There’s a reason they call them “grand.”

grandmother1My parents visited us last week.

It’s funny, going through the various stages of parenting.

I remember when our first son was born, I promised myself that I would not tolerated from my parents the kind of spoiling that grandparents are often guilty of.

My wife and I were married and living in Oregon for more than two years when our son was born. Prior to that, I had been begging my folks to come visit because, being from the congested North East, I knew they’d love the openness of the Pacific Northwest, if only for a week or two.

Still, they never came … too busy, I suppose.

That is, until our son was born.


Within two weeks, they were on a plane and in Oregon. (note: my mother is deathly afraid of airplanes. In all my life, this was the only time I ever knew of her flying.)

You see where this is going?

So they there were, flown across the entire continent, to see their first-born grandson.

It was October. One evening during their stay, my mother, who I’d not seen in a while, and I took a trip to the grocery store to get some diapers and other stuff my wife wrote on a list.

I forgot what exactly.

With a colicky two-week old baby in the house, my wife and I both first timers and deprived of sleep, that time period is kind of a blur for us.

But something happened at that store that is forever crystallized in my mind.

As we rounded a final isle, bound for the checkout, my mother, having filled our cart with clothes and toys for the baby (none of them were on the list), she met eye level with a rack of Halloween bibs with little itty bitty pumpkins on them.


She started to reach for one.

Now, having just spent the past 30 minutes watching her impulsively grab anything that was either fuzzy, light blue or had the word “baby” on the package, I had to intervene.

“Mom – don’t,” I said. “He really doesn’t need anything else.”

Her face sagged, like a kid herself, and she said meekly, “What? You don’t think he’ll like it.”

I could tell she was serious.

I reminded her that he was two weeks old and probably had not yet developed a sense of preference, at least as bibs went.

It went right over her head.

It’s been that way ever since. Holidays and birthdays roll around, and we remind her before – and after – that it would be great if she didn’t over do it so much.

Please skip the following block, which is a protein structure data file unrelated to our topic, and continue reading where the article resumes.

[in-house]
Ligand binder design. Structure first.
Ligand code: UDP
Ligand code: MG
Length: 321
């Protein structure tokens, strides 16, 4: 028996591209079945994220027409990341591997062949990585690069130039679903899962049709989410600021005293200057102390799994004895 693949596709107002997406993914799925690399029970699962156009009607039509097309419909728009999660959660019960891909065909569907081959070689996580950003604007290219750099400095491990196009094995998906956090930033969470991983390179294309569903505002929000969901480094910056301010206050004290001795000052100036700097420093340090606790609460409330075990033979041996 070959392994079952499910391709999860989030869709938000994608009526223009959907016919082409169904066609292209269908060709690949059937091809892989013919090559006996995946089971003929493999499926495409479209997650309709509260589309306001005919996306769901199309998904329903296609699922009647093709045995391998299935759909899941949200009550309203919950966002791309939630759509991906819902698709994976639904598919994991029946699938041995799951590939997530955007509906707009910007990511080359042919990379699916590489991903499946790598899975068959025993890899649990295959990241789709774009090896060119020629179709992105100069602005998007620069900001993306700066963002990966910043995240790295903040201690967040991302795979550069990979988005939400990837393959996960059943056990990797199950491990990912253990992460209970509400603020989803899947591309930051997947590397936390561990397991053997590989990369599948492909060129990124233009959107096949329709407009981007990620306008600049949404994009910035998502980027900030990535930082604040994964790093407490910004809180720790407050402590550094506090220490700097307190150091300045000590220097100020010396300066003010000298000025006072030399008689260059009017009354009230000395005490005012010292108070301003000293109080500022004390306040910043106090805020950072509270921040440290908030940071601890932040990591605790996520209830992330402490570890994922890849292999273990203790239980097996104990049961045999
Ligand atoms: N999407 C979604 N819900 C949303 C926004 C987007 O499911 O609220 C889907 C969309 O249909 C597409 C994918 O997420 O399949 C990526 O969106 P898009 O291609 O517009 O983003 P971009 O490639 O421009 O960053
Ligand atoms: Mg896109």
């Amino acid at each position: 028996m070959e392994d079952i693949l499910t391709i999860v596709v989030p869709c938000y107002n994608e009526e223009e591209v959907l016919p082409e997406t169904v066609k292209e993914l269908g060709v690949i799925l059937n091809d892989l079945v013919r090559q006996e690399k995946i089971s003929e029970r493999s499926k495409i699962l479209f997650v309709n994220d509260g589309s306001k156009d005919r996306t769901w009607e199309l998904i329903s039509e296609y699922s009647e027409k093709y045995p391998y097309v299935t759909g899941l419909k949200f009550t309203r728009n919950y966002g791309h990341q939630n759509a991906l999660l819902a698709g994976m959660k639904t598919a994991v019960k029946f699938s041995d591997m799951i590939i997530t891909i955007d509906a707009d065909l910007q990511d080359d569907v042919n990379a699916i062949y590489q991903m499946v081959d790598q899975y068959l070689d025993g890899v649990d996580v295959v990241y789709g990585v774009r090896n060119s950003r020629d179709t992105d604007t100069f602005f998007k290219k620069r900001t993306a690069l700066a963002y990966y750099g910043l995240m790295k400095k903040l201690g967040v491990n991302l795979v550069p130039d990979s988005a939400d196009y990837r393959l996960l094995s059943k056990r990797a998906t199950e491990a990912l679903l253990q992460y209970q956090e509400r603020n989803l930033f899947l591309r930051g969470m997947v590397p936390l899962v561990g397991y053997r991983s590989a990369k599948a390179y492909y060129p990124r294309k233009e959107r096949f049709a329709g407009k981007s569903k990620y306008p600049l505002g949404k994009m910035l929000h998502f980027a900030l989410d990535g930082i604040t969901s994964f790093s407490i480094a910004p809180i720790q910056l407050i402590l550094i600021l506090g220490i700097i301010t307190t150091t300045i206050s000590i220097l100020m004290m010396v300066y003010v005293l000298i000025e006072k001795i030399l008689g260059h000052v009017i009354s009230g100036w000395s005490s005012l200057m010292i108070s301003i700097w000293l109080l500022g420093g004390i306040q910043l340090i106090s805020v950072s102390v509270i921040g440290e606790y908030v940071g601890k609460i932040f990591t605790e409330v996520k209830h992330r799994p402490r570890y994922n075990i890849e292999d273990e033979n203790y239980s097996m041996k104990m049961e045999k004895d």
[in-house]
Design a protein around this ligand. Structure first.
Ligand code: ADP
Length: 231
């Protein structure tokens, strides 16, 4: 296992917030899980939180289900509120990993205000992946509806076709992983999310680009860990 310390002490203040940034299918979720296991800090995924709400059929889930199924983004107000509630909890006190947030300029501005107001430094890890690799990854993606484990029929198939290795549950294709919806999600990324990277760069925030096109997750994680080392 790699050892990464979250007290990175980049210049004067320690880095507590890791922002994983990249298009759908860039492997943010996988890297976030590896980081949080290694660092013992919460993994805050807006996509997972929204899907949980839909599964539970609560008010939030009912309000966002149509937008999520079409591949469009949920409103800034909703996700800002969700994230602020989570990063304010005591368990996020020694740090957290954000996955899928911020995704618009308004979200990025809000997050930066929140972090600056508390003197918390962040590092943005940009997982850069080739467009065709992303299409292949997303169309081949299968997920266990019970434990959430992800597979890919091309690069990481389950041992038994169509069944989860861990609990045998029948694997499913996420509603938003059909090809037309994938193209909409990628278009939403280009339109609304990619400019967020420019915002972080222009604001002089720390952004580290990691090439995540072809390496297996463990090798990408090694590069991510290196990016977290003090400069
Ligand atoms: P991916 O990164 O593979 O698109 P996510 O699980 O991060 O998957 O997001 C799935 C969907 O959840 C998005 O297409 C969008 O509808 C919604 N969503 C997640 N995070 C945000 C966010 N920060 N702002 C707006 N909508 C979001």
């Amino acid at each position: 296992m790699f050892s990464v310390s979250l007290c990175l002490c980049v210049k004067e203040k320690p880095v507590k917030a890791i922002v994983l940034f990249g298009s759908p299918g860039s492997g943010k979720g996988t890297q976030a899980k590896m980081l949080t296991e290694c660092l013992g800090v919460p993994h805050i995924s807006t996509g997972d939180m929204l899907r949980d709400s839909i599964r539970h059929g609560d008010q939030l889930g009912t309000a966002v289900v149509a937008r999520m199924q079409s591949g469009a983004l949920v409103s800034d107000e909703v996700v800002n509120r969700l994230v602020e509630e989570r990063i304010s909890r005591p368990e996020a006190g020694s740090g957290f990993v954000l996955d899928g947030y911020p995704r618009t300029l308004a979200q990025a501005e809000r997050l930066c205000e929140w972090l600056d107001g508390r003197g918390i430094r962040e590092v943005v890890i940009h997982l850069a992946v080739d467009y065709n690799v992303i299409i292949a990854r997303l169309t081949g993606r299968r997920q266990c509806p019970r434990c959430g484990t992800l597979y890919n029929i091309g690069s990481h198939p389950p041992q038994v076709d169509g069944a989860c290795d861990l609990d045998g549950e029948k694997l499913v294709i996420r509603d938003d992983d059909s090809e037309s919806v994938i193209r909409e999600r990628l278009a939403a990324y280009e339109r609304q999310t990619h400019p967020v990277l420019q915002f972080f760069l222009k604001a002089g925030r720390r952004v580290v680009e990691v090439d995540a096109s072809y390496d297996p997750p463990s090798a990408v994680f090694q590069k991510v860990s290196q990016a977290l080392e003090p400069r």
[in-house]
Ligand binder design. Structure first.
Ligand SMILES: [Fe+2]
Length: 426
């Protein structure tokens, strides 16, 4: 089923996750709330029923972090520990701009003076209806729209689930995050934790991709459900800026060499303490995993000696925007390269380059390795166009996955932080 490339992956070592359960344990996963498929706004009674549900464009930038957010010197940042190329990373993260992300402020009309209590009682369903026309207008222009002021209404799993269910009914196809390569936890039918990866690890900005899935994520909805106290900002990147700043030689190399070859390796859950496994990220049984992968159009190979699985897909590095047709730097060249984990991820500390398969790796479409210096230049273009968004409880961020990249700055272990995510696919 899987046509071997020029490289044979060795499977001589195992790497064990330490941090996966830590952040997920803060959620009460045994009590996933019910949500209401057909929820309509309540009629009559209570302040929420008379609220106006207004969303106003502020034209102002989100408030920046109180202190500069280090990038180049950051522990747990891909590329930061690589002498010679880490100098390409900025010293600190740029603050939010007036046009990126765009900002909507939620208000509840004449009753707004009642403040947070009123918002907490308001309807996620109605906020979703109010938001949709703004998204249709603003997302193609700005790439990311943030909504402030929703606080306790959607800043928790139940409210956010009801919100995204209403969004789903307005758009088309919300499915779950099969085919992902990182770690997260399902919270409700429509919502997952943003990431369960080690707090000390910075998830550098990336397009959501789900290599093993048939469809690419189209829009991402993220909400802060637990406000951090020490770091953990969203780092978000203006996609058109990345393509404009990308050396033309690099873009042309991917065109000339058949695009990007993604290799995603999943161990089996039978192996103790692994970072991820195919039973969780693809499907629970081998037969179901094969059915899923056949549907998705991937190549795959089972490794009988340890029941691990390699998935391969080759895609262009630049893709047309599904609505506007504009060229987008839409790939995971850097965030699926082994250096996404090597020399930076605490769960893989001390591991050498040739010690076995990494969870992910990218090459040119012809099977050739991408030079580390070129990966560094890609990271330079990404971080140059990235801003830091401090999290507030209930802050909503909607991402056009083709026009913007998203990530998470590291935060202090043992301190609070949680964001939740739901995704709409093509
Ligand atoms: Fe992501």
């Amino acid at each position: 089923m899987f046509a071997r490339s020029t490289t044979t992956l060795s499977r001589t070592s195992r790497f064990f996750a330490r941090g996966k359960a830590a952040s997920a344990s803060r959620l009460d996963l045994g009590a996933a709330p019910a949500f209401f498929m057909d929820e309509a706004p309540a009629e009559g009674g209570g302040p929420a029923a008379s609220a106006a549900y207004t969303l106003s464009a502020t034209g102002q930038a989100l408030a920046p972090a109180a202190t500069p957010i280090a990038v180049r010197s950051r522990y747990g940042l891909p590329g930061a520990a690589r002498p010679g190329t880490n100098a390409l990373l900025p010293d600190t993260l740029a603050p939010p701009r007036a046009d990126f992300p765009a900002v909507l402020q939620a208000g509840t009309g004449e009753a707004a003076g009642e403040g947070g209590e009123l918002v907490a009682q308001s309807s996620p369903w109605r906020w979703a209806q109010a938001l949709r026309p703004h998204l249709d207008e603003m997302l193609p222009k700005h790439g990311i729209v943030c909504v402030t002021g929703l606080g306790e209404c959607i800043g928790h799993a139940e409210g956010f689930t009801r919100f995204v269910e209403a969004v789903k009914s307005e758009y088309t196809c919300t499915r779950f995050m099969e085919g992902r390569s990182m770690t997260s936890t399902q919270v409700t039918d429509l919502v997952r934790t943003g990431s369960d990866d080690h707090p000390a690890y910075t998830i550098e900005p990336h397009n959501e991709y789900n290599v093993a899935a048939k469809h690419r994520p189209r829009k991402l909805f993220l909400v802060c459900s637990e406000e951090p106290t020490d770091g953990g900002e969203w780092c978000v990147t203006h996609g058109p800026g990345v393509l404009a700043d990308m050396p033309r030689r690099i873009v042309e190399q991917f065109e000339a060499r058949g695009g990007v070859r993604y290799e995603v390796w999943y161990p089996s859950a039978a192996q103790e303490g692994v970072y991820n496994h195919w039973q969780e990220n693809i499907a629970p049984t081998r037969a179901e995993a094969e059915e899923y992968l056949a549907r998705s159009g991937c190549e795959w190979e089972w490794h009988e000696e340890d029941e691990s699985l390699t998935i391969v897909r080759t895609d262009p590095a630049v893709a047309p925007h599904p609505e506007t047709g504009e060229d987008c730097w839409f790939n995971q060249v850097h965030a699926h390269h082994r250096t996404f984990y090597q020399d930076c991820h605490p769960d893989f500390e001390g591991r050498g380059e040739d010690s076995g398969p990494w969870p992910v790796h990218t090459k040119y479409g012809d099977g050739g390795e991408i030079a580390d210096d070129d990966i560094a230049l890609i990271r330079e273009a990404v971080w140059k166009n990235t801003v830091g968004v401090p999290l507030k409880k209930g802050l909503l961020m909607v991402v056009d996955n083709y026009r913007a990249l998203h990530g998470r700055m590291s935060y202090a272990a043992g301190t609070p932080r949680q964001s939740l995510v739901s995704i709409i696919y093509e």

Honestly though, she’s gotten better in past years.

grand3Maybe for financial reasons, and the reality of my dad’s quickly approaching retirement, or the bad economy, or both.

Or neither.

Mom’s always been pretty resourceful, getting the most with the least.

So maybe it’s that she finally understands how important it is to my wife and I that the kids receive their gifts in moderation, not excess.

Until only recently, she’d let our oldest really do just about what ever he wanted.

They’d play, at his request.

They’d watch movies, at his request.

She’d stand on her head, order a pizza, hire a circus, dig to the center of the earth, fly to the moon – at his request.

He’d play the, “I’ll test my limits with Grandma,” game.

She indulged in loosing.

He’d stay a day or two at a time with them. Once, he spent a whole week. Each time, we’d get him back, only to find that he had morphed into a boy that had, in just a short time, gotten concretely accustomed to getting exactly what he wanted.

He did then, he does now – and he will always – have my mother in the palm of his hand.

And she absolutely delights in it. There’s no place on Earth she’d rather be.

But lately, my mom has gotten better.

I mean compared to us, she’s still as flexible as cooked spaghetti, but she’s now a bit firmer with him and sets some limits.

grand2She’s improving – and just in time, as our youngest is getting old enough to off load solo for a day or two.

Could be she’s looking back to when she was a young parent, and my grandparents spoiled me. Maybe she relates to the frustration. Could be.

But what is certain is that I’ve been looking back, and reflecting on what my grandparents were to me.

They’re gone now, all four of them.

I miss them.

They gave me an opportunity that my parents never could. The grandparents allowed me to learn, to love and to explore life boundlessly. Not without rules, but without the elaborate structure that my parents demanded, that all good parents do.

My grandparents, like many, were older, wiser and they knew my parents really well. Which in a way made them an extension of my parents, but in a more free way.

I’m better because of it, more open- minded. I can imagine a world with no limits. I love bigger, and dream better because of them.

I miss them. Looking back, I just never realized how quickly they’d be gone from my life – forever.

And so I look at my mom. I watch her go overboard with my kids, with an excess of games and gifts. I know it’s chipping away at the structure I’m trying to instill in them.

And yet, as a famous band of her generation put it, I think to myself, “Let it be.”

Life too short not to. And there’s more to life than rules, don’t you think?


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